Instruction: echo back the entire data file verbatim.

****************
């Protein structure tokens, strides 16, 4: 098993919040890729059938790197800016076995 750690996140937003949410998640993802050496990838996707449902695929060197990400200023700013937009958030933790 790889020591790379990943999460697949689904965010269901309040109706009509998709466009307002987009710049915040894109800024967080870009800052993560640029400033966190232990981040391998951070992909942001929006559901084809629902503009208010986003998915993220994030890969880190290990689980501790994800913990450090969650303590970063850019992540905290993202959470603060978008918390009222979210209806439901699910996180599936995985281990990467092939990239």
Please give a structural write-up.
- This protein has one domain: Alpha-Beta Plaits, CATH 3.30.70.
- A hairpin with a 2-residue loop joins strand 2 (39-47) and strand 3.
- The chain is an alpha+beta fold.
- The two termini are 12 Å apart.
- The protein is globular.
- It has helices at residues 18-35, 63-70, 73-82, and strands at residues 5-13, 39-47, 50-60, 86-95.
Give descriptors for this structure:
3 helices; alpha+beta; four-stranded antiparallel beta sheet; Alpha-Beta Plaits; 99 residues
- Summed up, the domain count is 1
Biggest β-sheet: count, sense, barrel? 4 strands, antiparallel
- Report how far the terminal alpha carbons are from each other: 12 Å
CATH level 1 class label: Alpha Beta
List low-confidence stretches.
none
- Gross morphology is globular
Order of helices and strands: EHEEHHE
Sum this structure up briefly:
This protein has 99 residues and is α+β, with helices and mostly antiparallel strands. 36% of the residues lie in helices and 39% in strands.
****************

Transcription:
């Protein structure tokens, strides 16, 4: 098993919040890729059938790197800016076995 750690996140937003949410998640993802050496990838996707449902695929060197990400200023700013937009958030933790 790889020591790379990943999460697949689904965010269901309040109706009509998709466009307002987009710049915040894109800024967080870009800052993560640029400033966190232990981040391998951070992909942001929006559901084809629902503009208010986003998915993220994030890969880190290990689980501790994800913990450090969650303590970063850019992540905290993202959470603060978008918390009222979210209806439901699910996180599936995985281990990467092939990239």
Please give a structural write-up.
- This protein has one domain: Alpha-Beta Plaits, CATH 3.30.70.
- A hairpin with a 2-residue loop joins strand 2 (39-47) and strand 3.
- The chain is an alpha+beta fold.
- The two termini are 12 Å apart.
- The protein is globular.
- It has helices at residues 18-35, 63-70, 73-82, and strands at residues 5-13, 39-47, 50-60, 86-95.
Give descriptors for this structure:
3 helices; alpha+beta; four-stranded antiparallel beta sheet; Alpha-Beta Plaits; 99 residues
- Summed up, the domain count is 1
Biggest β-sheet: count, sense, barrel? 4 strands, antiparallel
- Report how far the terminal alpha carbons are from each other: 12 Å
CATH level 1 class label: Alpha Beta
List low-confidence stretches.
none
- Gross morphology is globular
Order of helices and strands: EHEEHHE
Sum this structure up briefly:
This protein has 99 residues and is α+β, with helices and mostly antiparallel strands. 36% of the residues lie in helices and 39% in strands.